Good afternoon and let me welcome everyone back from the winter break to the start of a new spring semester.

On Monday, Jan. 9, I sent an email to the College community informing that Governor Cuomo, in his “State of the State Address” earlier in the day in Manhattan, announced that the Institute of Basic Research (IBR) of the Office for People with Developmental Disabilities will be transitioned to the College of Staten Island and CUNY. There has been a long collaboration between scientists and staff at IBR and CSI faculty in the Neurosciences (Chemistry, Biology, Physical Therapy) that involves joint publications, collaborative research, joint federal grants, and supervision of master’s and doctoral students. This collaboration has historically included the CSI Center for Developmental Neuroscience, operated under a Memorandum of Understanding between IBR and CSI.

This is an exciting opportunity to create a nationally recognized research center that highlights our interdisciplinary strengths in understanding developmental disabilities. Our management of IBR can more effectively advance our respective missions and potentially generate efficiencies by having a single research office and centralized operational support, including streamlining the mentoring of doctoral students in collaboration with The Graduate Center, CUNY and facilitating the submission of city, state, and federal grants and contracts. In response to faculty inquiries, it is my vision that IBR should operate as a revenue-generating research center for non-tenure-track scientists who would not be merged into existing College academic departments.

It is anticipated that a Blue Ribbon Panel, to be appointed by the Governor, will determine the specific details of the merger. My main concern is that we receive appropriate start-up funding by the State to ensure that the merger does not divert from, but actually supplements, resources to our main campus. I, along with Vice President Ken Iwama, traveled to Albany on Tuesday, Feb. 7 to personally speak with every one of our State representatives concerning this start-up funding as well as our budgetary needs on campus, and I will continue to press this point with them. I will keep you informed of any new developments as they occur.

There has been significant turmoil in this country of late, which I have responded to publicly on numerous occasions. On Tuesday, Nov. 15, I sent a message to members of the College community voicing support for faculty, staff, and students who may have felt vulnerable or may have had concerns for themselves, their families, or their friends in the aftermath of the Presidential election.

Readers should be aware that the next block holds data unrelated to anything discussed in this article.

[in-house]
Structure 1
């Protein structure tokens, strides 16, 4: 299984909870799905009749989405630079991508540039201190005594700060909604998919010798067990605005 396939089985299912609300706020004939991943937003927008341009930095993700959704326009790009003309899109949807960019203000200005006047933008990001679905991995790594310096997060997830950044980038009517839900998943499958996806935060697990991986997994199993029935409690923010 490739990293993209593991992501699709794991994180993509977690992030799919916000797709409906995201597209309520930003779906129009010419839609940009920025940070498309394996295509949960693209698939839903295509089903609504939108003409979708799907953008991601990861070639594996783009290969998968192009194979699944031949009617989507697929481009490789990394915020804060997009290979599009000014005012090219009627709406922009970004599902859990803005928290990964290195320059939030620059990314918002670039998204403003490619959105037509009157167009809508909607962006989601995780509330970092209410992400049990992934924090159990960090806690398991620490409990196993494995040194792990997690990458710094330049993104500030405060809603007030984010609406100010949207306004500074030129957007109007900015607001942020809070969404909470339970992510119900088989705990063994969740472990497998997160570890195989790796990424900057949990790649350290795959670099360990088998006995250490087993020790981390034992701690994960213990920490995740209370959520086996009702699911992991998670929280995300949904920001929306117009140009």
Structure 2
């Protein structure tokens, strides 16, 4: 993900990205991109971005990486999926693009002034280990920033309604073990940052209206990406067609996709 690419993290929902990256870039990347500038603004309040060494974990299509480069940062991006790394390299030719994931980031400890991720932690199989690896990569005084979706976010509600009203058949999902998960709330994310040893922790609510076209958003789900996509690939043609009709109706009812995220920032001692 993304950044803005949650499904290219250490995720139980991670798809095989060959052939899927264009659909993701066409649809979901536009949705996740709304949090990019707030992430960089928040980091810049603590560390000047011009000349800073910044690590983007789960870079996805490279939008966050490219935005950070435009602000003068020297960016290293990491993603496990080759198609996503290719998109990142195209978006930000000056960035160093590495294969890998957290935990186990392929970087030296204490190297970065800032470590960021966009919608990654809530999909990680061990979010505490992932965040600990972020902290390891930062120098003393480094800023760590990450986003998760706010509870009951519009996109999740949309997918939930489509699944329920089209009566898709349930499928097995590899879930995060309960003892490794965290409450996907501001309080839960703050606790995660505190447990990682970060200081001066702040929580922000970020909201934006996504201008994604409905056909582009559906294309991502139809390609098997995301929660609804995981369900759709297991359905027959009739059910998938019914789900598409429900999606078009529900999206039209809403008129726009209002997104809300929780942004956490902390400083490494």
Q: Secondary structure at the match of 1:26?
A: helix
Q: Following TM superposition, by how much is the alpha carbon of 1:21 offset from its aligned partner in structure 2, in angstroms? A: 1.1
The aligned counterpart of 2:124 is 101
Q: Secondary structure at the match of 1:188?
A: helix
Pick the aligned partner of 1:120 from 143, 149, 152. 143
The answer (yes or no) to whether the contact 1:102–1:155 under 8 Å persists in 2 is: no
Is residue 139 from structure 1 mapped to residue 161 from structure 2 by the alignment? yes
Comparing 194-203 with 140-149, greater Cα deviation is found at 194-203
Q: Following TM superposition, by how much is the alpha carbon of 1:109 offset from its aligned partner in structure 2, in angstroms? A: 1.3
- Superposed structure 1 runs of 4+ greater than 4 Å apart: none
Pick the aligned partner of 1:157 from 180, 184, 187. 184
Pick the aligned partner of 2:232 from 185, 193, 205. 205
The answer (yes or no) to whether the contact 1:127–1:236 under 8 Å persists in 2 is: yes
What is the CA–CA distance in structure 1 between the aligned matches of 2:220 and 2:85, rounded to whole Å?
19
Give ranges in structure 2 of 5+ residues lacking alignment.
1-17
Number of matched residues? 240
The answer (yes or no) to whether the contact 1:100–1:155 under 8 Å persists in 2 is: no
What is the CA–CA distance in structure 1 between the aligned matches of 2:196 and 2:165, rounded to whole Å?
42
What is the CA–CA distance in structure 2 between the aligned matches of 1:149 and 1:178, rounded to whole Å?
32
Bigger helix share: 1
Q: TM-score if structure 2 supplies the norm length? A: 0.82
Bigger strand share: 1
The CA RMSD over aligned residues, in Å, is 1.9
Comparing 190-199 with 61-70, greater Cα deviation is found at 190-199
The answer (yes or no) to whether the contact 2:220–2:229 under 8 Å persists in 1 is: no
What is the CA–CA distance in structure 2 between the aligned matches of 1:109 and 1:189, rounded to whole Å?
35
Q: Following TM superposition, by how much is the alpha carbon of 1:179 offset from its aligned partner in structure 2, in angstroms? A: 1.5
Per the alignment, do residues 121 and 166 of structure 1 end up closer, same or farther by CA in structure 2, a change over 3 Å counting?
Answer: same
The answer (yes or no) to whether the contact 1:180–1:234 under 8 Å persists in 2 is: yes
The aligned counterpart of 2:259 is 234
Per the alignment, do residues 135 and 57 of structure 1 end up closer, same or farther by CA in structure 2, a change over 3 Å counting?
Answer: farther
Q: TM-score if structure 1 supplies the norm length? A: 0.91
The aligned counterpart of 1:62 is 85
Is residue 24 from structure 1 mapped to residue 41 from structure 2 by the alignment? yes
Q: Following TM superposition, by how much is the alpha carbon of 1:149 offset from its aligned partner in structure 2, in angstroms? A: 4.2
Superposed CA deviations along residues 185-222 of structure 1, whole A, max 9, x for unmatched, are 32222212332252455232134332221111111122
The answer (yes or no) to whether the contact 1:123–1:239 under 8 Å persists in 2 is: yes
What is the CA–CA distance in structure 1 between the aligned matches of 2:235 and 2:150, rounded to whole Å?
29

In my report to the College Council on Thursday, Nov. 17, I reiterated my support, and added that while the College will continue to preserve the free exchange of ideas and differing viewpoints, which is the foundation of academic freedom, any actions that violated CUNY’s Policy on Equal Opportunity and Non-Discrimination would not be tolerated. I emailed my full report to the College community on Monday, Dec. 12.

In my report to the College Council on Thursday, Dec. 15, I unequivocally stated that CSI would support CUNY’s pledge to take a series of steps available under the law to protect and support undocumented students. I emailed my full report to the College community on Thursday, Dec. 22.

On Friday, Jan. 27, the President issued an Executive Order that suspended entry of all refugees for 120 days, barred Syrian refugees indefinitely, and for 90 days blocked entry for citizens of Iran, Iraq, Libya, Somalia, Sudan, Syria, and Yemen, including holders of student visas.

On Monday, Jan. 30, I emailed the College community to advise that I applauded and supported the Chancellor’s statement that  “While I understand it is the responsibility of the administration to keep our country safe, I believe that this Executive Order is inconsistent with the values of openness and inclusiveness that have made CUNY—and our country—great.”

It is my understanding that a resolution may be presented to the Faculty Senate calling for the College to designate itself a “Sanctuary Campus” and enact various measures of protection for students, staff, faculty, and others on campus. Let me say that I applaud our faculty for exercising their constitutional right and academic freedom to express their deep concern for others shared by many of us, although CUNY has not authorized any of its campuses to self-designate as a “Sanctuary Campus” and holds the position that all CUNY campuses should maintain a consistent and united front. Also, some of our most vulnerable members of our campus community have actually asked us not to self-designate as a “Sanctuary Campus” for fear of inviting targeting and reprisal. However, I will—whether the resolution is passed or not—exercise available power to implement all other actions requested therein.

In fact, we have already acted. For reasons of confidentiality, I am not at liberty to disclose specific details, but as one recent example, we successfully assisted a member of the College community, whose immigration status was placed in jeopardy, by engaging the collaborative power of our faculty, staff, legal counsel, and Government Relations. Additionally, at my request, the Provost has convened a planning group to bring an array of immigration, legal, and other experts to campus to provide accurate information and assistance to students, faculty, and staff who want to know and exercise their rights and remedies under the law. We will continue to work in this proactive manner in the future.

There is a quote attributed to Mark Twain that “Action speaks louder than words but not nearly as often.” Working together, all of our actions can speak loudly and often in the coming days and months.

Thank you.